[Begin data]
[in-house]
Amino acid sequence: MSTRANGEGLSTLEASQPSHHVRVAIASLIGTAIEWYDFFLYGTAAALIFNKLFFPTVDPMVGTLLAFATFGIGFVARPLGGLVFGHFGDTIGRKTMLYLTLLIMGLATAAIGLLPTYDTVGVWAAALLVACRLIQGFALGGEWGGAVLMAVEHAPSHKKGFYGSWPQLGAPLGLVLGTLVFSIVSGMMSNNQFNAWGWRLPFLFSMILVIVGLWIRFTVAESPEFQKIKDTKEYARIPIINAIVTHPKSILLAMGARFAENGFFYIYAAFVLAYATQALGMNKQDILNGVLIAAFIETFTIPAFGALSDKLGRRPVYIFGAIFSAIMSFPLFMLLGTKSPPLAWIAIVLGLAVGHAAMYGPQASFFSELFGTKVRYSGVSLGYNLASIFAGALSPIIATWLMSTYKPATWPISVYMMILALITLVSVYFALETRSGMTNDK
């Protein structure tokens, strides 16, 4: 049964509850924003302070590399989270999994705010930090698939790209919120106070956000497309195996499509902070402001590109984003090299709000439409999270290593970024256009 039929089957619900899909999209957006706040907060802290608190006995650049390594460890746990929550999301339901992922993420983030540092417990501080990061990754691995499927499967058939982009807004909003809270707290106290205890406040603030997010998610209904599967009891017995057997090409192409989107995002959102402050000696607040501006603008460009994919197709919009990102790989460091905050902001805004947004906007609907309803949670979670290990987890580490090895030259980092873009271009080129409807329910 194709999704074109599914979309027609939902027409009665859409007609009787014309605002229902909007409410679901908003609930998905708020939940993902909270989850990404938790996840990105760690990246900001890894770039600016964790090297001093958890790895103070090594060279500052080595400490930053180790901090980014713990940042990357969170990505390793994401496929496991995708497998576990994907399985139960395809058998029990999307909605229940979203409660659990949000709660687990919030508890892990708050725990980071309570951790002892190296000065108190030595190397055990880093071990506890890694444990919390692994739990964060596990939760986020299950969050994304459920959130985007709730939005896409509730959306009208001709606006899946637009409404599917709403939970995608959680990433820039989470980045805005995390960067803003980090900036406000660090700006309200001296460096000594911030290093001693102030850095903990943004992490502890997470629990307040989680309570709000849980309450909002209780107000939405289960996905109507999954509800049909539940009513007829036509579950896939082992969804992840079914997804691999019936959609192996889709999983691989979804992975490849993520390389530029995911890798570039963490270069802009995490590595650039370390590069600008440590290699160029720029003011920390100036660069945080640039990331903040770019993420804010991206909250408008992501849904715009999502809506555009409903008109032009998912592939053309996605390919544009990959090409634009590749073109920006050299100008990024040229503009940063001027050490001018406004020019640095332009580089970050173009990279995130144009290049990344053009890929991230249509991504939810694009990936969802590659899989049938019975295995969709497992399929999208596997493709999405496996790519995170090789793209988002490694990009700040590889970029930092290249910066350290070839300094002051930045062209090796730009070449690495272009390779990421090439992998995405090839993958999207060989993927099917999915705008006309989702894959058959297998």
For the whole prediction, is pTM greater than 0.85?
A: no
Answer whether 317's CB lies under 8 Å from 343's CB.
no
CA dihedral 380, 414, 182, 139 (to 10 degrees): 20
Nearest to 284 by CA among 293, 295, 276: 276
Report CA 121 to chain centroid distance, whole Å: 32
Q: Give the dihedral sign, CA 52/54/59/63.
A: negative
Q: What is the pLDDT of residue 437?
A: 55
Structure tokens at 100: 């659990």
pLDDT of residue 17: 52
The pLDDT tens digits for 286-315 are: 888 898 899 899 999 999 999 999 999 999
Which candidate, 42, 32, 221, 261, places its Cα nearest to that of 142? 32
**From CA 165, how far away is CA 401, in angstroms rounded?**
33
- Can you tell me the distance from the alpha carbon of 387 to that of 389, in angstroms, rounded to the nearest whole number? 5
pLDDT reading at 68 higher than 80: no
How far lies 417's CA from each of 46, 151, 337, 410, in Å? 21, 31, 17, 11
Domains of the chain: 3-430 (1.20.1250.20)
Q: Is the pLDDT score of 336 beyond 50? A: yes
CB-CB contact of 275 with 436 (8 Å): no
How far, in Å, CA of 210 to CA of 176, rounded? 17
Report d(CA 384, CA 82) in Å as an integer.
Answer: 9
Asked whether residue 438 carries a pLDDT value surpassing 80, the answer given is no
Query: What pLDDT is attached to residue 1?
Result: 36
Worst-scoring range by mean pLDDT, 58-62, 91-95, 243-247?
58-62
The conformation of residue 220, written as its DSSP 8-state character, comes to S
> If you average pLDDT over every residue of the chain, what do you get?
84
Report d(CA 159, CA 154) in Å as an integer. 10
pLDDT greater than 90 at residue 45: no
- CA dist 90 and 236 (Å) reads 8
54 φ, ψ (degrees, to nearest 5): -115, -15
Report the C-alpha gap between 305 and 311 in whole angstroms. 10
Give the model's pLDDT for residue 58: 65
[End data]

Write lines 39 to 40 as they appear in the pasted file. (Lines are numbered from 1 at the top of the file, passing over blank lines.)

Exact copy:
pLDDT greater than 90 at residue 45: no
- CA dist 90 and 236 (Å) reads 8